Health care costs are up as much as 2.7% from the first quarter of 2017, the first increase in more than five years, according to the government’s health care agency.
In some states, premiums have gone up more than 25%.
The average cost for a single-payer health care plan in the first three months of 2018 was $2,095.
The average for a Medicare Advantage plan was $3,947, the government said Friday.
The government’s new health care marketplace, called the Affordable Care Act, also has raised premiums by as much 5.3% in some states.
The rise in health care costs was driven by increases in prescription drug spending, which rose 4.3%, and medical expenses, which increased 2.4%.
A single-premium plan in Washington state costs $4,300 for an individual and $6,100 for a family.
That’s down from $6.90 in 2016, the previous year for which figures are available.
The benchmark for a new-age plan, however, is $26,500 for an annual premium of $2.6 million.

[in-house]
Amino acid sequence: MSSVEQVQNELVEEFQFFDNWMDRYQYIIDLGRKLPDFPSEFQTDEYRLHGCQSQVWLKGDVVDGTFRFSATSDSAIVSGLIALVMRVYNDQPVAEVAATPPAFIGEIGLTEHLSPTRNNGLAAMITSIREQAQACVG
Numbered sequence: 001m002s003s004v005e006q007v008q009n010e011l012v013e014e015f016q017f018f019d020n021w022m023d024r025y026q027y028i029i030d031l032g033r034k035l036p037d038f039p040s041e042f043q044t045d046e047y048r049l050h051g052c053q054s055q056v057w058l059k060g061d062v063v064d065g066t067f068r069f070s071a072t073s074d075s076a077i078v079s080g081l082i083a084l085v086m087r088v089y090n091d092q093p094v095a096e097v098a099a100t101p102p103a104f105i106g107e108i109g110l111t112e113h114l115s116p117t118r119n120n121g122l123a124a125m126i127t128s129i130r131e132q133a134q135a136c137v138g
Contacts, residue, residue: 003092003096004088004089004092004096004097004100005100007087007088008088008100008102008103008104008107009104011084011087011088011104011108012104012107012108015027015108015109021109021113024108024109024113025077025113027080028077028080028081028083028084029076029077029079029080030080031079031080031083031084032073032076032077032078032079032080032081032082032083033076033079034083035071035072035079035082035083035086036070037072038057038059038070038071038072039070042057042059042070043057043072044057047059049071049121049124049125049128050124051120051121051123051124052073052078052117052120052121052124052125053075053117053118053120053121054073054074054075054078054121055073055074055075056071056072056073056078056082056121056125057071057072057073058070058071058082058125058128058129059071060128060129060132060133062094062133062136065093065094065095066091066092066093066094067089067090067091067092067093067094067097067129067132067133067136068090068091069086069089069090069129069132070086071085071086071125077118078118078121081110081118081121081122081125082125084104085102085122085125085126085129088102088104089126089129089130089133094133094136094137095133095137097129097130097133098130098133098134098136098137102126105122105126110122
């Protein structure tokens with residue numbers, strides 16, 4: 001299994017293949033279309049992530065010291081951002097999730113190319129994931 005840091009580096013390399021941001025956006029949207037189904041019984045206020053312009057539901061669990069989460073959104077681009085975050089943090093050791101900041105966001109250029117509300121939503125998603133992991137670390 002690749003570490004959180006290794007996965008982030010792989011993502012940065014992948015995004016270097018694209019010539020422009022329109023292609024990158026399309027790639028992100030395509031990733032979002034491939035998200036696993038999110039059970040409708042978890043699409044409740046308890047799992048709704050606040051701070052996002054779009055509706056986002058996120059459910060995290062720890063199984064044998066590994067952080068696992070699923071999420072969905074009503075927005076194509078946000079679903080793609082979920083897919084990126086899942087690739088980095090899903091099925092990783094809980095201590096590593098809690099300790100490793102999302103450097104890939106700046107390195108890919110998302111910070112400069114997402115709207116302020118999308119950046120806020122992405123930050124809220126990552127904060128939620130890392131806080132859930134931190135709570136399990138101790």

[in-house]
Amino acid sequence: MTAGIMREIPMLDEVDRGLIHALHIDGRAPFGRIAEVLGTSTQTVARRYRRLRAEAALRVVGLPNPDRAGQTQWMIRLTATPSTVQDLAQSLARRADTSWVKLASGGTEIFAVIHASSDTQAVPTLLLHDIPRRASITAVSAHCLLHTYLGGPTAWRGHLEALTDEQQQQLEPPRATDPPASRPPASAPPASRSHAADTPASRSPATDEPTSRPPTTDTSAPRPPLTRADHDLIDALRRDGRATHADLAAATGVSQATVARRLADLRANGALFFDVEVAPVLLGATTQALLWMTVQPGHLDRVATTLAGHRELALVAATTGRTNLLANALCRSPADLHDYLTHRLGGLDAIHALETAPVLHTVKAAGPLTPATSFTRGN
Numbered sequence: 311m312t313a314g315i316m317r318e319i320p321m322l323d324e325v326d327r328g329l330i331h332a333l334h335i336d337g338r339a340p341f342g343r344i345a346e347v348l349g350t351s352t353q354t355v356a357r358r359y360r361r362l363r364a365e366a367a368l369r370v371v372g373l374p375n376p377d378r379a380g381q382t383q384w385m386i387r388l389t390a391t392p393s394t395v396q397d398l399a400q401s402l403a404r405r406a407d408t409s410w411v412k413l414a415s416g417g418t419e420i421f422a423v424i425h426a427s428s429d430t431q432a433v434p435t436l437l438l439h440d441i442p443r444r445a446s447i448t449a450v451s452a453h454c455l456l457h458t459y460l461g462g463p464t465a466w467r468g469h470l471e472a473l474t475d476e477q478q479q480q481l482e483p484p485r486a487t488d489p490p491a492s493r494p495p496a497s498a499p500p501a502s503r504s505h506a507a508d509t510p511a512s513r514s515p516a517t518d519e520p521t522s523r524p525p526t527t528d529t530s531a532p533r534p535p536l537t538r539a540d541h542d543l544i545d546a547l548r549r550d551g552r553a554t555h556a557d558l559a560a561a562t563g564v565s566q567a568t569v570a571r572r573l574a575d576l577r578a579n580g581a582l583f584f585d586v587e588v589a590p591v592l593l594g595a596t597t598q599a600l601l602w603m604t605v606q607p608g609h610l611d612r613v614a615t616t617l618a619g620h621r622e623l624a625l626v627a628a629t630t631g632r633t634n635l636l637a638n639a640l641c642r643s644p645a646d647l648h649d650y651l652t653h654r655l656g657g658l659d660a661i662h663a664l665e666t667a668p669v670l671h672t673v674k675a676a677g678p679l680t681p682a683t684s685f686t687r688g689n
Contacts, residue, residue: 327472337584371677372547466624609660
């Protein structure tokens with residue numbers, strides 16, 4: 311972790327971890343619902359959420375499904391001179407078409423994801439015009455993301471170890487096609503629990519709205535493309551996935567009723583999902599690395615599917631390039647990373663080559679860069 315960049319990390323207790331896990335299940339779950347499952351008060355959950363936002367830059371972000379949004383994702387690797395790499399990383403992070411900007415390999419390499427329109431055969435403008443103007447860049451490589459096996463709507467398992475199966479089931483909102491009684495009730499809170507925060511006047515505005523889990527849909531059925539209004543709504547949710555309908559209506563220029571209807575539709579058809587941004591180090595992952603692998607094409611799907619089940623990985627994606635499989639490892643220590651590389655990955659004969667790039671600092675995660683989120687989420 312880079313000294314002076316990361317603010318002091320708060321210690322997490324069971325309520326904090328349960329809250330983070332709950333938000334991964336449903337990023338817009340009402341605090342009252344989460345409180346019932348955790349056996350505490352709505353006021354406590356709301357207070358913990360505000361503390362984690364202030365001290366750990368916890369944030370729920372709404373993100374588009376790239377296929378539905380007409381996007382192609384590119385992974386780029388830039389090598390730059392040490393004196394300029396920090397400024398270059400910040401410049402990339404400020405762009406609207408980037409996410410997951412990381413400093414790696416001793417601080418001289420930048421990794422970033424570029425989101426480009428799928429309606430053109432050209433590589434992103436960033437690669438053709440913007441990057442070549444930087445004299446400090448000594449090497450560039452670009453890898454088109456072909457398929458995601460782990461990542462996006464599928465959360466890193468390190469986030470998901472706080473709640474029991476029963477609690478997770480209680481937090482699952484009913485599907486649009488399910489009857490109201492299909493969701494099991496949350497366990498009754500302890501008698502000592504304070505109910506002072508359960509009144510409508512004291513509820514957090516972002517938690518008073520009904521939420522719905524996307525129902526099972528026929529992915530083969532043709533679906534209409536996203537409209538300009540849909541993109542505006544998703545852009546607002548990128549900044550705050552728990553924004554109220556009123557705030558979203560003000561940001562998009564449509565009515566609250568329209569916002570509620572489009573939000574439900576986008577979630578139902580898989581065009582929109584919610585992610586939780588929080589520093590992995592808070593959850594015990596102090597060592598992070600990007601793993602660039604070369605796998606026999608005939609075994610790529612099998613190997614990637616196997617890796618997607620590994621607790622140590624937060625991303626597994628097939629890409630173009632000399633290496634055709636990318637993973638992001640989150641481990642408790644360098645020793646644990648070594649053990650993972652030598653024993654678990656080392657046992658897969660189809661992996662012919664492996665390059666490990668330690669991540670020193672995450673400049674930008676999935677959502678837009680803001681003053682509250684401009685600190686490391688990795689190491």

The median income in the United States was $64,700 in the quarter, the highest since 2009.
The national average was $53,400, according the Kaiser Family Foundation.
That compares with $50,400 in 2020.
A Kaiser Health Tracking poll of 816 adults found that 61% of Americans believe that the government should step in to help pay for the costs of health care.
Most Americans, 65%, said that they would prefer that Congress step in, while 33% said that the federal government should not.
The poll found that 65% of those who have insurance believe that insurance companies should be able to charge higher prices for people with pre-existing conditions, but 59% of people who don’t have insurance said that insurance carriers should not be able do so.
The survey also found that 51% of the public said that insurers should be allowed to raise prices on those with pre, moderate or severe conditions.
About one-third of the people surveyed in the Kaiser Health tracking poll said that a national government insurance plan is needed to help cover costs for the uninsured, but another survey found that 42% of adults would like the federal Government to pay for coverage.
About 70% of respondents said that people in the country illegally should not have access to coverage.